On Saturday, November 10, Flushing Town Hall will celebrate the Festival of Lights with its fourth annual Diwali Festival, this time as a Diwali Dance Party, featuring DJ Rekha and Abha Roy in a mash-up of Bhangra and Kathak music and dance styles, with cooking workshops, dance lessons, traditional foods, and family-friendly activities such as a jewelry workshop and henna painting. The event will provide a rare opportunity to see DJ Rekha perform in New York City.
“Diwali is a festive time of gift-giving, charity and sharing in feasts with loved ones,” said Ellen Kodadek, Executive and Artistic Director of Flushing Town Hall. “We are excited to continue this tradition at Flushing Town Hall and to provide an experience that fills all senses: musical performances, classical dance, traditional food, henna painting, fashion and much more.”
Historic Flushing Town Hall (circa 1862) features year-round arts and cultural programming from all over the globe as a way to bring people together. Celebrating and educating the global communities of Queens and New York City, their tagline is: Global Arts for a Global Community. Flushing Town Hall is a member of New York City’s prestigious Cultural Institutions Group, and a Smithsonian Affiliate. They support local, immigrant, national, and international artists, developing partnerships and collaborations that enhance their efforts.
The Diwali Festival is supported by New York State Council on the Arts with the support of Governor Andrew Cuomo and the New York State Legislature; New York City Department of Cultural Affairs, Mayor Bill de Blasio; The National Endowment of the Arts; The Fan Fox and Leslie R. Samuels Foundation; Con Edison; The New York Community Bank Foundation; and Affinity Health Plan.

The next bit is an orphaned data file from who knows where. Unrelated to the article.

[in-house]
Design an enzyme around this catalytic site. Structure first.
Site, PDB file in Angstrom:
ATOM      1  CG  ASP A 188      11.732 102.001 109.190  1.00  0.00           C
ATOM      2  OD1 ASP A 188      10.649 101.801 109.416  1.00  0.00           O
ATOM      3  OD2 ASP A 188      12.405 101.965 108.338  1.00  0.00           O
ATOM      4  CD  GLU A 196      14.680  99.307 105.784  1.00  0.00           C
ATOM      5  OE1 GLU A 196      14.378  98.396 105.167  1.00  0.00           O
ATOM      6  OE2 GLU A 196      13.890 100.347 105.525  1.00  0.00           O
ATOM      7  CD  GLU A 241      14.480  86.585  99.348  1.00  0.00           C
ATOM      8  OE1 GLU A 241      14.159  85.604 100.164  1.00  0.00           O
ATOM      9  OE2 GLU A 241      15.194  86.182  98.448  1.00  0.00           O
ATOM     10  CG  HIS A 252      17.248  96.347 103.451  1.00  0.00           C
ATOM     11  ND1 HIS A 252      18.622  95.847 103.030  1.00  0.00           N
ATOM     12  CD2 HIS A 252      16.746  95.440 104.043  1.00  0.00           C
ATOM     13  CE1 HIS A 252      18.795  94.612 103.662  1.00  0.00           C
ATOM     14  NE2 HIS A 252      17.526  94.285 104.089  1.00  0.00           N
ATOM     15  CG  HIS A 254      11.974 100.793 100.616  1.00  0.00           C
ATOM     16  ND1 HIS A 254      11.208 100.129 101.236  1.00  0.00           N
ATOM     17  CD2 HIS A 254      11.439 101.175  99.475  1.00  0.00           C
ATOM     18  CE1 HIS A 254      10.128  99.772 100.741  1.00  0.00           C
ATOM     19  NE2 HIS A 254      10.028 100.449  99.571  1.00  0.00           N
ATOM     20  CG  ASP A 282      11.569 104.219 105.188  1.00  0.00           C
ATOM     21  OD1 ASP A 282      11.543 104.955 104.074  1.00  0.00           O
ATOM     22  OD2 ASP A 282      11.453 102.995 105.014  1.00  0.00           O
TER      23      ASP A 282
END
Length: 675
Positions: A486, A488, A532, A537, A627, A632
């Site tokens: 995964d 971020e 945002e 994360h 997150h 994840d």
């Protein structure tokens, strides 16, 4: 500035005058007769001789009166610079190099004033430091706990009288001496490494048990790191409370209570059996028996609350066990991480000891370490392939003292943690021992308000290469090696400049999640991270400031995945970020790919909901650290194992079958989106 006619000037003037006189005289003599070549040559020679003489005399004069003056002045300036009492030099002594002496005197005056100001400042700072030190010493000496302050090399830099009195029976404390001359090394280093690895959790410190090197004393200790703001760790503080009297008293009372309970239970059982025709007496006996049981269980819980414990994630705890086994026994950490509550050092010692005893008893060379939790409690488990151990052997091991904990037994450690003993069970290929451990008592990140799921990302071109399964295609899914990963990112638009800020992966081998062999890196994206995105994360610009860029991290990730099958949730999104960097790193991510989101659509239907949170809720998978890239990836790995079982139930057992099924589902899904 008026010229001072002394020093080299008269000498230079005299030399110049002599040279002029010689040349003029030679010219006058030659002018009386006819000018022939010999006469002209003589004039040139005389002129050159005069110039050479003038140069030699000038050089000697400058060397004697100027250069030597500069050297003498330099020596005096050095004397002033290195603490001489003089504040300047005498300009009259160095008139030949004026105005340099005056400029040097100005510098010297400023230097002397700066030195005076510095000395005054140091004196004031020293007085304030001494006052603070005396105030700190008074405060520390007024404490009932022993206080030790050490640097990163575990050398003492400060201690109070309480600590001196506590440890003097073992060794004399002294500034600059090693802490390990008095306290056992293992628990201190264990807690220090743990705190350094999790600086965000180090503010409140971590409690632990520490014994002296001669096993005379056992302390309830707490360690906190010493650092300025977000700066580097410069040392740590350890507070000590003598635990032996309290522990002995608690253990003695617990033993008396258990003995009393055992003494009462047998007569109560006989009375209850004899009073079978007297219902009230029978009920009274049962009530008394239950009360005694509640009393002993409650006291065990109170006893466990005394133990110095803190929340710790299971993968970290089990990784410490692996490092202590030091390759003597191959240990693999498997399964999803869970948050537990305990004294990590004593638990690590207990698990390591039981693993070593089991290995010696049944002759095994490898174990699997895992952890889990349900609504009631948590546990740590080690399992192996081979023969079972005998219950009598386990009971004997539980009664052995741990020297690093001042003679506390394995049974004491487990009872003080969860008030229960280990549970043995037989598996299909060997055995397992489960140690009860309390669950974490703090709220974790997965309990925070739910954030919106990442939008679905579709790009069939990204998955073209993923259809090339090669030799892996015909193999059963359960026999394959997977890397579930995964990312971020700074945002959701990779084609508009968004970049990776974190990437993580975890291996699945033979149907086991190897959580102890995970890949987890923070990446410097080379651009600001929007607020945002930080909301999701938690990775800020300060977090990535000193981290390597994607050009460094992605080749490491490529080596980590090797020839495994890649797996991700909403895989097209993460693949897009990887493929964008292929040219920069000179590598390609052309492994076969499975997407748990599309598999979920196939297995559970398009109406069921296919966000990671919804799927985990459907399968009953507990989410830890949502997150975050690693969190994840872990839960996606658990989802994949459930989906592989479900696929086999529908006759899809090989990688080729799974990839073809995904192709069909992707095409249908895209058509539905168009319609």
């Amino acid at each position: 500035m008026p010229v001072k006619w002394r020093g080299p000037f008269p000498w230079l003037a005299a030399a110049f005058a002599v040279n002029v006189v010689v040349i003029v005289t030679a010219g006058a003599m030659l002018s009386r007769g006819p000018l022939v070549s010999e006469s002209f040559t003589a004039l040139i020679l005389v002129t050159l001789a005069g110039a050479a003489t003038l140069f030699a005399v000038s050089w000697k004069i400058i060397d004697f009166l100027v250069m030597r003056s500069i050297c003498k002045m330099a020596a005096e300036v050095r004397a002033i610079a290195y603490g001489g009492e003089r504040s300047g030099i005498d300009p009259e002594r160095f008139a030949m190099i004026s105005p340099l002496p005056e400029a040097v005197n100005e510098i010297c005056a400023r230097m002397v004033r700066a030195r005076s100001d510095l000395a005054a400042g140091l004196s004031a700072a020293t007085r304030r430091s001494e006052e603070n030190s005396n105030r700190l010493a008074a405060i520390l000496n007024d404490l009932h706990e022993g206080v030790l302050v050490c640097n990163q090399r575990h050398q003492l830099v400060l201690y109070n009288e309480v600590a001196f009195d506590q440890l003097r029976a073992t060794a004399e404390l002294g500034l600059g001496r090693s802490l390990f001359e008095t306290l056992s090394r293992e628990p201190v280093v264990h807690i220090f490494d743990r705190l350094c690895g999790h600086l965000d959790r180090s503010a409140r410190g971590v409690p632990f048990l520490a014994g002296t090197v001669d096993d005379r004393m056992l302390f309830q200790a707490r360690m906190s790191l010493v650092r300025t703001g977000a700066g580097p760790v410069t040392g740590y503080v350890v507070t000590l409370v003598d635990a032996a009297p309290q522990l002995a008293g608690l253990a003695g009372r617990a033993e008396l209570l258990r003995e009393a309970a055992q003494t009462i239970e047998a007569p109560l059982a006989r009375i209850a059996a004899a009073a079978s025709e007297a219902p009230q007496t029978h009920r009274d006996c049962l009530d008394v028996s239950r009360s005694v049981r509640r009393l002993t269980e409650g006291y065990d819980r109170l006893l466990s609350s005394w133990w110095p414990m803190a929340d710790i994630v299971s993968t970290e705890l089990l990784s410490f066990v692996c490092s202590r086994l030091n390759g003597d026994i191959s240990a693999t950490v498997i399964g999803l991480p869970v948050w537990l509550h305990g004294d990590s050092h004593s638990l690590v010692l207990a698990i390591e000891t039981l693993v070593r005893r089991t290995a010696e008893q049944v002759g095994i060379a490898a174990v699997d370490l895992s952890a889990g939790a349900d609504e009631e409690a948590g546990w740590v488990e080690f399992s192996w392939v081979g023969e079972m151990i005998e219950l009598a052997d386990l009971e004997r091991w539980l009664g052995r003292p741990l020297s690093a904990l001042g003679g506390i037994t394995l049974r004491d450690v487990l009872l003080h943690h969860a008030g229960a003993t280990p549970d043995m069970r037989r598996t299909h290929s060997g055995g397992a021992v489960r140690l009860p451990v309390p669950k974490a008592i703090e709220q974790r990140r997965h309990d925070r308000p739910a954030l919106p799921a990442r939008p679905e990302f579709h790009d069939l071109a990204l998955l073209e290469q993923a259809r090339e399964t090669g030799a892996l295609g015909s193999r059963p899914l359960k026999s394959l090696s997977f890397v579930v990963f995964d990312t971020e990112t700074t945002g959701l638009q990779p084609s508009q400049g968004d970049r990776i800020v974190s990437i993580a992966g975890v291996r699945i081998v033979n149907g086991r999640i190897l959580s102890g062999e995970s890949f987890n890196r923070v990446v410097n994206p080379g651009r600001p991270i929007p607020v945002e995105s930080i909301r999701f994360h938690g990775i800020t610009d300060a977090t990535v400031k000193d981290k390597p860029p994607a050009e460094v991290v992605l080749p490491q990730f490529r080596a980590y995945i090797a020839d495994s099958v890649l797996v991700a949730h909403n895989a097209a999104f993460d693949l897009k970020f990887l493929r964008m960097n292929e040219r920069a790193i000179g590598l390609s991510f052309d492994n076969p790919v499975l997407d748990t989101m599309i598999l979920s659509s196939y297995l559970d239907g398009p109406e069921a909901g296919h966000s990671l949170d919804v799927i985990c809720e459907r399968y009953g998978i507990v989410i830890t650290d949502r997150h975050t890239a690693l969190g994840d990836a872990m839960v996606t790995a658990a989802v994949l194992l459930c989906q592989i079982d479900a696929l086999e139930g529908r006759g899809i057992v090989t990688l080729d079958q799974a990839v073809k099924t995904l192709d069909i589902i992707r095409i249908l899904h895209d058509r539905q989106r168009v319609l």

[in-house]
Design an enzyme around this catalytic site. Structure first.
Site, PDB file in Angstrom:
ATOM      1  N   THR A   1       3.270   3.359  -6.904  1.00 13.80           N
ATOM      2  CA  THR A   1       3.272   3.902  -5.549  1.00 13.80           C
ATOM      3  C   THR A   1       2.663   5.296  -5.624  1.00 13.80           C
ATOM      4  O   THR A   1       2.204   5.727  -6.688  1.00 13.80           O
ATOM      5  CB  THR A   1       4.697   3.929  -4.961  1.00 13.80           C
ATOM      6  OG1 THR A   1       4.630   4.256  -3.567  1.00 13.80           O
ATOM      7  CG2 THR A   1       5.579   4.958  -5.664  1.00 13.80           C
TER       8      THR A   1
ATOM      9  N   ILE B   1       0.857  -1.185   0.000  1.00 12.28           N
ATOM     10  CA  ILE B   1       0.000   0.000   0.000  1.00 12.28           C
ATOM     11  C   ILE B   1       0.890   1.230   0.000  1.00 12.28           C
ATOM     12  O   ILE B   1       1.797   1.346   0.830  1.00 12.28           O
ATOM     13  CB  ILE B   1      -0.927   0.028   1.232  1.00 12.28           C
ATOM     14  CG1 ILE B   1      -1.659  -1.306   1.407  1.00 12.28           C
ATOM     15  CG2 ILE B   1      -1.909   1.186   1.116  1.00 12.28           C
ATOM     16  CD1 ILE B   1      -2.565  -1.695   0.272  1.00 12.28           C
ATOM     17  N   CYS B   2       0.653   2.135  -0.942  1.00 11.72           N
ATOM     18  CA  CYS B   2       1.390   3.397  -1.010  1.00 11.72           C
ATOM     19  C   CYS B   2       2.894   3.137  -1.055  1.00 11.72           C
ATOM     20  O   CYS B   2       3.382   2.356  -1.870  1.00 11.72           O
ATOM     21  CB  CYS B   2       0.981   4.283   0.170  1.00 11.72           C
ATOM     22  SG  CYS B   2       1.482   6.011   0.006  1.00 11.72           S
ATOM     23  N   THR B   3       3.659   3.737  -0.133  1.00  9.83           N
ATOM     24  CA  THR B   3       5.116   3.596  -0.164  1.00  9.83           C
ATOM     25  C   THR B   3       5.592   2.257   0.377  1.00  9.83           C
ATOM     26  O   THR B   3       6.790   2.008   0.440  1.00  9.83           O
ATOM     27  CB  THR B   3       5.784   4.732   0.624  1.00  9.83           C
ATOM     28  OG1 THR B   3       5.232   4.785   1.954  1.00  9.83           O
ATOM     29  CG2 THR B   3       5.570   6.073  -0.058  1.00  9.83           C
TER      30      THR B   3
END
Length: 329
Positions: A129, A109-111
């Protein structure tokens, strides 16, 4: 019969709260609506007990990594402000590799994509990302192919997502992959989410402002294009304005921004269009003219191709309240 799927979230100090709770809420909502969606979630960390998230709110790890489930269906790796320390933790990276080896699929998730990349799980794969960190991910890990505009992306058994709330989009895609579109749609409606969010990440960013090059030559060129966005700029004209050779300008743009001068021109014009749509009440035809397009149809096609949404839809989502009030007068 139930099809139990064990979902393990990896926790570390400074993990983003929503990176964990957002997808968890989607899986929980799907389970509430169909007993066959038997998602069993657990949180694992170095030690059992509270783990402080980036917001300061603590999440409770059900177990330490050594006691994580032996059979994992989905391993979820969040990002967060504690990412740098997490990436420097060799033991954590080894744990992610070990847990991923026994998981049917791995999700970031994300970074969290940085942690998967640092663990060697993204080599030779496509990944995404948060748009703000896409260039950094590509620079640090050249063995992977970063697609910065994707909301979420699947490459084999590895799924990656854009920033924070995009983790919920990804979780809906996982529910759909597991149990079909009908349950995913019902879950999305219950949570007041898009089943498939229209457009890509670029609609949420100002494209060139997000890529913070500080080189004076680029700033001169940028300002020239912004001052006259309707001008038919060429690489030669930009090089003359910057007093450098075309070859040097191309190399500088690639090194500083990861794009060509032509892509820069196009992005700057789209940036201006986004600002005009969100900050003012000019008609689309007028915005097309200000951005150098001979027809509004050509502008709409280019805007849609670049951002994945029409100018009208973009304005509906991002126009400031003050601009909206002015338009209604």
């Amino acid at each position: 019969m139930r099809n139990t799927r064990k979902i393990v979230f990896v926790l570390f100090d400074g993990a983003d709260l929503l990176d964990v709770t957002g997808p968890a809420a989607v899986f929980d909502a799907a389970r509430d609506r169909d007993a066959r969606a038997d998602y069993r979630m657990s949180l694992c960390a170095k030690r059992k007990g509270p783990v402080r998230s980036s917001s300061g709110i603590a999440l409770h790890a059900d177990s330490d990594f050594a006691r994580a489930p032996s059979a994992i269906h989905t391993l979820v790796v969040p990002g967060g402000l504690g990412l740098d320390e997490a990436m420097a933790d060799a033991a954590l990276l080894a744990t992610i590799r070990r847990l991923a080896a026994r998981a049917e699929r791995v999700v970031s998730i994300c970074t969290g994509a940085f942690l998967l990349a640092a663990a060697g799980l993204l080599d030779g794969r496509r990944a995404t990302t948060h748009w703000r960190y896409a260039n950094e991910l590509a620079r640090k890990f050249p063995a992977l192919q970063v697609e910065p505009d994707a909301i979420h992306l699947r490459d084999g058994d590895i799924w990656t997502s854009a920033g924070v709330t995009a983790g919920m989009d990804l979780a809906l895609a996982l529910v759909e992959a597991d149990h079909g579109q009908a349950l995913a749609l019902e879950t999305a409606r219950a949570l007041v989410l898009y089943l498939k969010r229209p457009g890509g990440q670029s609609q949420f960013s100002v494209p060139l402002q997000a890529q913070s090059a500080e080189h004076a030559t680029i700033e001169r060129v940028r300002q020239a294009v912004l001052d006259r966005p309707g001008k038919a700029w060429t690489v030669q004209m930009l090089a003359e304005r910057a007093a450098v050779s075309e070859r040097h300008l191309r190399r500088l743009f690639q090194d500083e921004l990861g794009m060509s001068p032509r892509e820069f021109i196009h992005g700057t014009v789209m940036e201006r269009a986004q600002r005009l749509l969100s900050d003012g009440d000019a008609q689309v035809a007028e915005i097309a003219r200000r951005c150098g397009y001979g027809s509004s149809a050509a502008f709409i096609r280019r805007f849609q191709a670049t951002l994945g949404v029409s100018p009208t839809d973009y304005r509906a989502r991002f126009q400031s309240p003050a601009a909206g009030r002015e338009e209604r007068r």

The three-hour celebration features DJ Rekha, who returns to the stage for a Bhangra dance party, and master Indian dancer Abha B. Royand the Srijan Dance Center, who will present “Parvati-Putra (Parvati’s Child),” a dance drama re-telling of the story of the birth of Ganesha from Parvati’s (his mother) point of view. Audiences will recognize Ganesha is the Hindu deity with the elephant head; and children will be invited to make a Ganesha mask before the performance. The role of Ganesha will be performed by a 7th grader from Queens, Puja Singh. Prior to the performance, each artist will introduce you to her form and invite you to learn traditional Kathak dance moves and bhangra folk dances mixed with hip-hop. Then hit the dance floor!
Join us for henna painting, rangoli (decorative design) workshops, a dance workshop, and cooking workshops led by Nupur Arora, owner of Queens Curry Kitchen.Delicious Indian foods and handmade Indian jewelry also will be for sale during the lively event.
The event runs from 1:00 to 4:00 PM at Flushing Town Hall, located at 137-35 Northern Blvd. Flushing, Queens. Tickets—$20/$15 Members/$10 Students & Children—are available at www.flushingtownhall.org.
Additionally, Flushing Town Hall will hold two school shows for grades four to eight on Friday, October 27th at 10:00 AM and 11:30 AM. To make reservations, call (718) 463-7700 ext. 224 or email firstname.lastname@example.org.
Diwali, or Deepavali, comes from the Sanskrit word meaning “row of lights.” It is a day of solidarity, where the soft light of diyas – or oil-wick candles – illuminate streets and homes, banishing the darkness of ignorance and suffering. Diwali began as a part of an ancient harvest festival, which celebrated the fertility of the earth and prosperity of the new harvest. Though Diwali has taken on a significant meaning in Hinduism, in India, it is still celebrated by all groups regardless of religious affiliation as a time of renewal and growth.